The world is a strange machine, a clock, that with fits of jarring gears slowly appears to be coming to a halt. A whooshing noise resounds, like a washing machine turning off, or a kettle which, after heavy steaming, has brought the water to its desired temperature. Now all that is left is for the tea to steep before the tasteful aroma can enter our nostrils. The hot liquid will torture our lips.
The machinery of the world has come to a halt. But our heads keep going, like runaway washing machines. The door of the dryer clatters like a drunkard. But with every day this continues, those wheels will also start rotating more slowly. After a little while our ears will start losing their numbness. When the rattling has stopped, we can hear a whole new palette of sounds. Sounds that resonate more softly, but more deeply. Sounds that touch our being and tickle our souls. Like the swans and gooses that are returning in the channels of Venice. In the suddenly clear water thousands of fish are floundering.
The gears of the world have come to a halt. Should we press reset? Try everything to get the world back to full steam ahead? Who touched the gears, anyway? We gaze at the world like we gaze at a broken coffee machine, impatient and craving to satisfy our thirst for caffeine. But with every shot we ingest litres of agitation, us, the productive bees of our world factory.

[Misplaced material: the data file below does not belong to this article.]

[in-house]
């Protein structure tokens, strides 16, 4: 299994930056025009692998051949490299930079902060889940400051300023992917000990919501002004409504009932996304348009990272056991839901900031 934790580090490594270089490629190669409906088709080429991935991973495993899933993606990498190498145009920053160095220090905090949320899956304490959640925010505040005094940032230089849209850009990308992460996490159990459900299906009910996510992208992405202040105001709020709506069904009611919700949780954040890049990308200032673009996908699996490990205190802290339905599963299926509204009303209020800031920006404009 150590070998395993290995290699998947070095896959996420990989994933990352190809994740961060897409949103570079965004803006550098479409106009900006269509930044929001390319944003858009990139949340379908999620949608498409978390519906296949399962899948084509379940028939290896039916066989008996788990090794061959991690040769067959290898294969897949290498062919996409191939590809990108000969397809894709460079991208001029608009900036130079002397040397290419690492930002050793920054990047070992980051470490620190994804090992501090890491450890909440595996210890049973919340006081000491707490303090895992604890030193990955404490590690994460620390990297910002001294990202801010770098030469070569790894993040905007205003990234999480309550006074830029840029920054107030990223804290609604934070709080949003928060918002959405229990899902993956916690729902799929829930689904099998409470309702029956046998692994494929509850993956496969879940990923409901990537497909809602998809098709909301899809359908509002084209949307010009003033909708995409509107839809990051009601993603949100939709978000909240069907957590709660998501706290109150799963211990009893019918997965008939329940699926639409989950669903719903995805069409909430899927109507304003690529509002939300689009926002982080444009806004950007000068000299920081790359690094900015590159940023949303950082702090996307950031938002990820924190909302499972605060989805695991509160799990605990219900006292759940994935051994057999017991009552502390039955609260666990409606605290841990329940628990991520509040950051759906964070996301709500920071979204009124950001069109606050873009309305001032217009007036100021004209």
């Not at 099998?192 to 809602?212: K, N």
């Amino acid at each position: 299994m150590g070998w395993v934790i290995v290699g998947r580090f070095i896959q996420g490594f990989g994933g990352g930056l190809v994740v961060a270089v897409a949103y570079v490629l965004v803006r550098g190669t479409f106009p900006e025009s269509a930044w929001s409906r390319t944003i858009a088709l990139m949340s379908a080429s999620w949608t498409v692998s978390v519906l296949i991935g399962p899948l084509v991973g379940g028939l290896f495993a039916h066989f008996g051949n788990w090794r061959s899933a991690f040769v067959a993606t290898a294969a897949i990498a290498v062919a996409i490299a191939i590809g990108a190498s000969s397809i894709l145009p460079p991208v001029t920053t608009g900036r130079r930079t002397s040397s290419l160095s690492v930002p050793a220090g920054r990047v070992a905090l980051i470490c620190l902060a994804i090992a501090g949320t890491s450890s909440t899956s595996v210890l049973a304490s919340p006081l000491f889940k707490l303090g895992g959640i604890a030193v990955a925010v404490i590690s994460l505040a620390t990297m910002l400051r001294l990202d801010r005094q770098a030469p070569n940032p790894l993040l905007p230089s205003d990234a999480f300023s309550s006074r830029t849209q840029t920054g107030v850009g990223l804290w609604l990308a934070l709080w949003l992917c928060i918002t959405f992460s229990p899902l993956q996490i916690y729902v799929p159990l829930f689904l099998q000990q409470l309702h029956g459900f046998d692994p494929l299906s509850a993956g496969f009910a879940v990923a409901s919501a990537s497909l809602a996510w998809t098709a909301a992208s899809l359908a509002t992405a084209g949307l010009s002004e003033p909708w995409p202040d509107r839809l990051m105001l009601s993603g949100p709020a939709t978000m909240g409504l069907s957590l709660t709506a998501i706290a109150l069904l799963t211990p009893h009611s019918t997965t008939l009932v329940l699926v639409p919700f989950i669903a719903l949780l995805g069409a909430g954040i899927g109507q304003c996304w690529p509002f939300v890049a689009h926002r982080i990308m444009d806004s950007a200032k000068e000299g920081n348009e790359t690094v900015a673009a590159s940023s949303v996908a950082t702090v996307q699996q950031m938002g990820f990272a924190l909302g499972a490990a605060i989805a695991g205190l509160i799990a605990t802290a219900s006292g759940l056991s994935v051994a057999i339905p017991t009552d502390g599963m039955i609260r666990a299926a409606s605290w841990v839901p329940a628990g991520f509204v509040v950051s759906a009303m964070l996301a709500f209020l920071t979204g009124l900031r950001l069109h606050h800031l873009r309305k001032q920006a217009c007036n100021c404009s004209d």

But today the world factory has closed its doors. We have been sent home. There we are trying to set up our own little factories. Teeny tiny chimneys, an assembly line on our kitchen counters, maybe moving some boxes, hoping to send products to our clients. But between packing the staplers and rolls of tape, everything we need for meeting rooms and offices, we witness how only one hand is packing (because caffeine works), but our other hand is wavering.
The wavering hand starts stroking the petals of a flower, starts losing itself in the curves of a cat’s tail. When that hand opens the window, we gaze at the old face of an oak, an ancient one that’s right in front of our window, but which we apparently never took notice of. This giant has stories from a distant past that take us back to our youth, when we did not yet regard fantasy as poverty of facts.
And slowly we witness, first hesitantly, then more rapidly, sash-windows and skylights being opened everywhere around us. Then our faces find each other.
And at that moment, a beam of sunlight touches the earth.